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I recently returned from my near annual pilgrimage to Veracruz, Mexico, to see the fall hawk migration at the biggest hawk migration site in the world.

The area on the Gulf Coast of Mexico near Veracruz City has become well-known in recent years for its astounding hawk migration, a phenomenon that has become known as the “Veracruz River of Raptors.”

In a typical year, millions of raptors are counted at the two counting sites just outside of Veracruz City, with the top species being Turkey Vulture, Swainson’s Hawk, Broad-winged Hawk, and Mississippi Kite. In fact, if you are lucky, you can see hundreds of thousands of individual birds pass by in a single day — it's hard to top that!

Although the hawk migration is worth a trip to Veracruz in and of itself, the area immediately surrounding Veracruz City has much to offer the visiting naturalist, which is another reason I keep going back:

• Within a few hours’ drive of the city are archaeological sites such as Cempoala and Quiahuiztlan, which provide a look into the historical past of other civilizations as well as good birding. Beaches with gulls, terns and shorebirds are nearby as well as an array of forested habitats.

• To the south, there are savannah habitats where the Double-striped Thick-knee and Lesser Yellow-headed Vulture can be found.

• As you go west and up into the mountains past the state capital of Xalapa, you quickly enter magnificent pine forests with numerous migrants such as Townsend’s Warbler and resident species such as Gray Silky-Flycatcher and Black-headed Siskin.  On our recent Conservancy member tour, we found 226 species of birds in just over a week!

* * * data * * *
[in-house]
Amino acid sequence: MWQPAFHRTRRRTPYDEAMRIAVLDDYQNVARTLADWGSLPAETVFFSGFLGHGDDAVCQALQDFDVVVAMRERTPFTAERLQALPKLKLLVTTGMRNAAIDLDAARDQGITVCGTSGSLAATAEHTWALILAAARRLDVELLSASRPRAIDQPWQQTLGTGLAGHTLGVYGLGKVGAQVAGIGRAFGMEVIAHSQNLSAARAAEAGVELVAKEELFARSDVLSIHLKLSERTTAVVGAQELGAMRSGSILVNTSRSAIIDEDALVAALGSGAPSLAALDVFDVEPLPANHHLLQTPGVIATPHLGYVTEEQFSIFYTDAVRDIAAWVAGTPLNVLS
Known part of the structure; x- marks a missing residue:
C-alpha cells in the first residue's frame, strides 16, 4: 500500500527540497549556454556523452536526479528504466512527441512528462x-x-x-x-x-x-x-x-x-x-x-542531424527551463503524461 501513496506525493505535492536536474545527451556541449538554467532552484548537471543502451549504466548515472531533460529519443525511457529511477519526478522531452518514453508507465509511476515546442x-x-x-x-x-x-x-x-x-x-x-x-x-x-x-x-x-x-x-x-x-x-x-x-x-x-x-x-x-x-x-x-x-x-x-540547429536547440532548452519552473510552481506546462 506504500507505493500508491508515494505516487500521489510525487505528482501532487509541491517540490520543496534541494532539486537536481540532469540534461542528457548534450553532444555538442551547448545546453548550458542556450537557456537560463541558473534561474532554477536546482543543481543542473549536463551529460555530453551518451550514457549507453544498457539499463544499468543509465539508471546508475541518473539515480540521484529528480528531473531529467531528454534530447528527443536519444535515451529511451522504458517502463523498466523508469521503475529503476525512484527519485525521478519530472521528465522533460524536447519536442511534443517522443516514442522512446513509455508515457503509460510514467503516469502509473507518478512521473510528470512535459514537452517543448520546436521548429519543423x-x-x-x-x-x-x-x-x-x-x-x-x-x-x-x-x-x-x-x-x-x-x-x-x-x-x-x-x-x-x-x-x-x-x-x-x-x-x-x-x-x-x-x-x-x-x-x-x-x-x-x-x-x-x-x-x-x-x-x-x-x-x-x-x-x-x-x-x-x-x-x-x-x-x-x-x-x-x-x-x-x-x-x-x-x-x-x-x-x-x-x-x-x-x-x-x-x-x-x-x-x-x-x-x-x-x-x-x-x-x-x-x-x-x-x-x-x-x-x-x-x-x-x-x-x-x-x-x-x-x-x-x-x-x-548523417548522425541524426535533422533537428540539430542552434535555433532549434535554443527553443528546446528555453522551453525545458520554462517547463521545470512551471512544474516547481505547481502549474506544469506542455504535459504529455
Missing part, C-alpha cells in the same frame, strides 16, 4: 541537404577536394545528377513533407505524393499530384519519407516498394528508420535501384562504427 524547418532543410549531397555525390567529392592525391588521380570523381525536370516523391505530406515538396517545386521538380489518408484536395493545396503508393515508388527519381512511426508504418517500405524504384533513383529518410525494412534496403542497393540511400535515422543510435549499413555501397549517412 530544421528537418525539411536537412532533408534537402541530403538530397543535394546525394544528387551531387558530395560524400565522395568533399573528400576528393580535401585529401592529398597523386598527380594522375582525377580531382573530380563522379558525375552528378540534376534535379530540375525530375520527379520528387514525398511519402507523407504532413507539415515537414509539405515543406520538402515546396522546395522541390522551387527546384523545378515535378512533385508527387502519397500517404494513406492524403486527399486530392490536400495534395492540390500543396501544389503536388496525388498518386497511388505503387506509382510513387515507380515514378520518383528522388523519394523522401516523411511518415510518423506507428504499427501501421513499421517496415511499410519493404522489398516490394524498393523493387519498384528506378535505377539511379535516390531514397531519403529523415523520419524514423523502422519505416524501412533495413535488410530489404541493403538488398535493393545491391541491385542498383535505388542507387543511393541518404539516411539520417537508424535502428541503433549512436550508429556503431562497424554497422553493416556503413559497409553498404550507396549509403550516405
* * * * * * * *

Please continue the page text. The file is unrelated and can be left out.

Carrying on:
Perhaps the best thing about visiting Veracruz on a tour, however, is that by doing this, you can support the excellent conservation efforts of the conservation group Pronatura Veracruz. In addition to running tours to see the River of Raptors and other great birding areas in the state of Veracruz, Pronatura has implemented a series of excellent conservation projects for wetlands and forests and is responsible for the hawk counting efforts. By taking a tour, you not only get your fill of hawks and other birds, but you directly support conservation efforts in this critically important migratory crossroads of the Americas. Maybe I’ll see you there next year!

-- Text by Dave Mehlman, Cool Green Science Blog